44 1Corinthians 15:20-28 The goal of history | WednesdayintheWord.com

In correcting the Corinthians’ view that there is no resurrection, Paul argues that resurrection is an essential part of the way God intends to solve the problem of sin and death.

Review

The majority of 1Corinthians is Paul’s response to questions the Corinthians asked him. 1Corinthians 15 is the last topic he covers: whether there is a bodily resurrection.  A group in Corinth denies the idea that believers are looking forward to a bodily resurrection.

Paul started by arguing we know there is a resurrection because Jesus was raised from the dead.  A large number of people saw him, including the apostles.  Many of those eye witnesses are still alive at the time that Paul is writing this letter and can testify that Jesus was resurrected.

Then Paul confronts the Corinthians with their inconsistency.  If there is no hope of resurrection from the dead, then Jesus was not resurrected.  His death accomplished nothing and being a Christian is foolish.

Paul just finished saying for the sake of argument let’s assume Christ was not raised.  In this section, Paul abandons the false assumption, and says but now, Christ was raised.

Passage

15:20 But now Christ has been raised from the dead, the first fruits of those who are asleep. 21For since by a man came death, by a man also came the resurrection of the dead. 22For as in Adam all die, so also in Christ all will be made alive. – 1Corinthians 15:20-22

  • In the Old Testament sacrificial system, the first fruits of the harvest belonged to God. Giving the first of our harvest to God is symbolic of the fact that we trust God and believe He will provide for us.
  • Depending on context, the idea of “first fruits” can emphasize either the fact that something has been dedicated to God or the aspect of being the first part of something bigger. Here it is the latter nuance.
  • Jesus is the first of the human beings to be resurrected from the dead and we can trust that God will resurrect the rest of His people.
  • Ultimately history is about two men: Adam and Christ.
  • All of humanity lives in a world with death because our forefather, Adam, rebelled against God.  Death came into the world by this one man. 
  • Jesus lived a life of obedience to God. He offered his life to God on our behalf.  By dying in our place, he made it possible for his people to live.   Death will not ultimately conquer those who follow Jesus because we will be rescued from death and resurrected to life.
  • Jesus solved the problem that of sin and death that Adam created.
  • The gospel will be fulfilled and the promises of God realized when Christ returns, God resurrects His people and establishes His kingdom with Christ ruling over it.

15:23But each in his own order: Christ the first fruits, after that those who are Christ’s at His coming, 24then comes the end, when He hands over the kingdom to the God and Father, when He has abolished all rule and all authority and power. 25For He must reign until He has put all His enemies under His feet. 26The last enemy that will be abolished is death. 27For HE HAS PUT ALL THINGS IN SUBJECTION UNDER HIS FEET. But when He says, “All things are put in subjection,” it is evident that He is excepted who put all things in subjection to Him. 28When all things are subjected to Him, then the Son Himself also will be subjected to the One who subjected all things to Him, so that God may be all in all. – 1Corinthians 15:23-28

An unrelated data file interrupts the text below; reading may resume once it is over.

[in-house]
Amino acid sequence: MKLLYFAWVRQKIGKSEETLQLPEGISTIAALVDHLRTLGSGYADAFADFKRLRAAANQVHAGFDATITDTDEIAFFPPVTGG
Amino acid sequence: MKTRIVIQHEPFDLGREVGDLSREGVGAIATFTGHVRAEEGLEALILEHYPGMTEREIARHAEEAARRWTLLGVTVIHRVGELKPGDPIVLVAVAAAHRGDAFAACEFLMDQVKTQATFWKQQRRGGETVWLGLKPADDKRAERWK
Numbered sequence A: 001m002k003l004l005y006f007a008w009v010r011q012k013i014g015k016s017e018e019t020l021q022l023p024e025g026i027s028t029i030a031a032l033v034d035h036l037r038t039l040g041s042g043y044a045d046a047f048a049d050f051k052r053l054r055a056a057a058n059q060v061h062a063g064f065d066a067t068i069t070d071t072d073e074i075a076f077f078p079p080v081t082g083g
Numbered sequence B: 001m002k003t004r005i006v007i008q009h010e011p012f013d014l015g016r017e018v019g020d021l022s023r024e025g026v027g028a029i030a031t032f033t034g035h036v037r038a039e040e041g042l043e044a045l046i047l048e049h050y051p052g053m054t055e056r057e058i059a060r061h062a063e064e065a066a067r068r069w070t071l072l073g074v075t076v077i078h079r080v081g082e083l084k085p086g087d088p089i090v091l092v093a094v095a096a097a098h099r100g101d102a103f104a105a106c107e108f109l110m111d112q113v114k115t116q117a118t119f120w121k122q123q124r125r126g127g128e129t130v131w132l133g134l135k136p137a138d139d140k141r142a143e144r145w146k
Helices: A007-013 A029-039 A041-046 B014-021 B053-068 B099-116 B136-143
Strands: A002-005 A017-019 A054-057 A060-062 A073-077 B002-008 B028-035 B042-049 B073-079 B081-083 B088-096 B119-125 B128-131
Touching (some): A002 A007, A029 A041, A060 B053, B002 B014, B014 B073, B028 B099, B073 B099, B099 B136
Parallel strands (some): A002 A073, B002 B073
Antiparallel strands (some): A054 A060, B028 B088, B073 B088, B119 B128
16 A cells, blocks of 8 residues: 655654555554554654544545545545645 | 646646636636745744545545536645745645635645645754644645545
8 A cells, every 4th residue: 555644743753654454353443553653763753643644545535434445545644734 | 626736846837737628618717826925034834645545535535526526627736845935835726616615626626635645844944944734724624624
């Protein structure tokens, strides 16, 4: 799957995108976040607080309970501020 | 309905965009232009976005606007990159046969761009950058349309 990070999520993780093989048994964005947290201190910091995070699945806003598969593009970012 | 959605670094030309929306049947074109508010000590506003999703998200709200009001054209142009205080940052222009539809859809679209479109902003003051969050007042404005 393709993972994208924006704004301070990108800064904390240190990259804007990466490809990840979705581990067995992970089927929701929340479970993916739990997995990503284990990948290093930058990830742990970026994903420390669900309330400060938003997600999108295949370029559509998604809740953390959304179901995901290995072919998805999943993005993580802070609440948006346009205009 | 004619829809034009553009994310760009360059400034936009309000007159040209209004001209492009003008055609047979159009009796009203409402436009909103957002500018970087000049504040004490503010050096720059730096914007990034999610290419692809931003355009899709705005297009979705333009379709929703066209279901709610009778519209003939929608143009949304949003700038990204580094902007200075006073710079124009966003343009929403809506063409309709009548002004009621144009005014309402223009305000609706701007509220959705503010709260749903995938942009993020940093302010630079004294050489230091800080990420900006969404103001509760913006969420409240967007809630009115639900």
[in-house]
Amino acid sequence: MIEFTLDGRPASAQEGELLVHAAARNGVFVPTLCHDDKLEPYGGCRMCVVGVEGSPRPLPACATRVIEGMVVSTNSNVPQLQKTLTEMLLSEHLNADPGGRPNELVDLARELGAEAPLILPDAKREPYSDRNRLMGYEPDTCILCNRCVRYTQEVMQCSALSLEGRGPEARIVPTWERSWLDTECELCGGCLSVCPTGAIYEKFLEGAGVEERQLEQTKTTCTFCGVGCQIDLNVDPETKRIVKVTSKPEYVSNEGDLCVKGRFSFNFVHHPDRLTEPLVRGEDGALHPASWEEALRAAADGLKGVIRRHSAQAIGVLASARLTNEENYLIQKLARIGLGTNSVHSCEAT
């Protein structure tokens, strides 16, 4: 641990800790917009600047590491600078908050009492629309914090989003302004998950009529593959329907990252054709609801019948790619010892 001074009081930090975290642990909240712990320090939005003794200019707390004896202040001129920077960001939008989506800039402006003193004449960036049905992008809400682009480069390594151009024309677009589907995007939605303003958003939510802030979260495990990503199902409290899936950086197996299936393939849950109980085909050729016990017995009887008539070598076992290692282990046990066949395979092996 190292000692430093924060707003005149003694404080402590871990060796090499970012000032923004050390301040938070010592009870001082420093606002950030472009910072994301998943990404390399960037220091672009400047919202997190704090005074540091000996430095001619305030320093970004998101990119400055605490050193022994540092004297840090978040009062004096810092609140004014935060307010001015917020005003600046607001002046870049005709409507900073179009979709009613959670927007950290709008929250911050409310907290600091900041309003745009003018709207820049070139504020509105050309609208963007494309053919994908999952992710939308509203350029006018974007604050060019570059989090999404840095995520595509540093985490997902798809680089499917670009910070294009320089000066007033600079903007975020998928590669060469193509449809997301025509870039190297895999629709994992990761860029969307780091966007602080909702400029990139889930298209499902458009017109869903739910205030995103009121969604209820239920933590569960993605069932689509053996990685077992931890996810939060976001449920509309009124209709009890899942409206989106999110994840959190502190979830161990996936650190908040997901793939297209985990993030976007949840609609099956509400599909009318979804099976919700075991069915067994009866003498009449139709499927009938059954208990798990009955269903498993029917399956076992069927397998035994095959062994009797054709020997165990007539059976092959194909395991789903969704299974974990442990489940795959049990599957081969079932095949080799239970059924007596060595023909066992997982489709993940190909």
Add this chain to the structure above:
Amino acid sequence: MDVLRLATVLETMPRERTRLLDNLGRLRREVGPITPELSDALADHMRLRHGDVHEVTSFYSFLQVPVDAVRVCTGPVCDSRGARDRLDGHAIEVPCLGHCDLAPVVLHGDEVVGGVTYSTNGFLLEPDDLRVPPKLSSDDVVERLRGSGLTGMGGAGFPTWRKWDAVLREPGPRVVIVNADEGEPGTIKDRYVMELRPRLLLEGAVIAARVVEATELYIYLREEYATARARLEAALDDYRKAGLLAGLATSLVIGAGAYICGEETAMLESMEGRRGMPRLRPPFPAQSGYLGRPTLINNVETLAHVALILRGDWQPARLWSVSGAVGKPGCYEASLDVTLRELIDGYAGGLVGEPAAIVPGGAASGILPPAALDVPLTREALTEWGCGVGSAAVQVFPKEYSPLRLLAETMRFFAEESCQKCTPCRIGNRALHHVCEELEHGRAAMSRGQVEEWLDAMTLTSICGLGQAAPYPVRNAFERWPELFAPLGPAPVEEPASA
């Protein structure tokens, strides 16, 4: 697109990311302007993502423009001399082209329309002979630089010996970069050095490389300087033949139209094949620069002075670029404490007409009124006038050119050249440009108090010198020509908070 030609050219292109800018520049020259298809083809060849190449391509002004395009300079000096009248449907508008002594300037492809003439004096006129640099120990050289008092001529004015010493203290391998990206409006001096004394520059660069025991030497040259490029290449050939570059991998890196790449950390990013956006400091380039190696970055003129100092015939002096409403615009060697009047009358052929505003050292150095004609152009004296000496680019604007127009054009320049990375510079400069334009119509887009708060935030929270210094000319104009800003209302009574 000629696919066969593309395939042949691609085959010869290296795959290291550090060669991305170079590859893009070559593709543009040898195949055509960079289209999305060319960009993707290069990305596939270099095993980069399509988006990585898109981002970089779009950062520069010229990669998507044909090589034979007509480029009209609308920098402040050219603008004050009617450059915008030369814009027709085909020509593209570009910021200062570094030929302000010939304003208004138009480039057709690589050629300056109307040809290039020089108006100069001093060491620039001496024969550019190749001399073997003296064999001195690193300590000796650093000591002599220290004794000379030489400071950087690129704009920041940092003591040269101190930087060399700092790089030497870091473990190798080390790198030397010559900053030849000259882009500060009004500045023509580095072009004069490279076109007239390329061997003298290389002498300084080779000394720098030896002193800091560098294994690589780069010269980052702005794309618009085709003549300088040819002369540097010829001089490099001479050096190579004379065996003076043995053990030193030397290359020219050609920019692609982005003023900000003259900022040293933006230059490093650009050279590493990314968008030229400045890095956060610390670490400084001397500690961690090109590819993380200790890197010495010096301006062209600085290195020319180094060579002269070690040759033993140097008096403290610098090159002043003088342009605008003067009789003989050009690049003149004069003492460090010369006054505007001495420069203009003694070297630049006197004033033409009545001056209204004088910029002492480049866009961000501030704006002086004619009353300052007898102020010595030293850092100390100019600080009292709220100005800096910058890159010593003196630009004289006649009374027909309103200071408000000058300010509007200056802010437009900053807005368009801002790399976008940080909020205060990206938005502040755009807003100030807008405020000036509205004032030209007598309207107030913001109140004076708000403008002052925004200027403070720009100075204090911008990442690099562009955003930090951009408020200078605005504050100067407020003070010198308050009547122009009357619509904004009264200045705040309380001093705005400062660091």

• 15:24 “end“: This is the end in the sense of crossing the finishing line or reaching the goal. First, Jesus rose from the dead. Then he returns and raises his people from the dead. When that happens, we arrive at the goal, the culmination of this age.
  • 15:24 “abolished all rule and all authority and power“: Much evil in the world today is in the hands of people in power who are abusing that power from government leaders to bosses to families. When Jesus establishes God’s kingdom on earth, nothing in creation and no one will stand in rebellion to God anymore.
  • God puts all creation under submission to Christ. Then Christ puts himself under submission to the Father, with the result that we have a world under submission to God, the Father, through Christ.
  • Paul quotes Psalm 110 and borrows the language of Psalm 8.
  • Jesus reigns now at the right hand of God, but we are waiting for the time when God vanquishes all His enemies. 
  • God will establish His rule over all the rebels of the earth, and the last one of those, metaphorically speaking, is death.
  • Psalm 8 applies to Jesus 3 ways: 1) as a man, it applies to Jesus as a steward over creation; 2) as a son of David, it applies to Jesus who rules from David’s throne; and 3) as the Messiah, it applies to Jesus in the ultimate sense as king of kings and Lord of Lords.
  • Ultimately, all of history is heading to the place where followers of Jesus will live perfected in our humanity under the rule of Jesus Christ, who in turns submits himself to the Father, so that the world will be everything that it ought to be.  That is the gospel story.
  • The culmination of history is when we live in resurrected bodies, perfect and mature, reflecting the character and holiness of God, under the reign of Jesus Christ who rules under the authority of the Father.

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Next: 45 1Corinthians 15:29-49 Sown in dishonor, raised in glory

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Series: 1 Corinthians: Pride & Prejudice in the church

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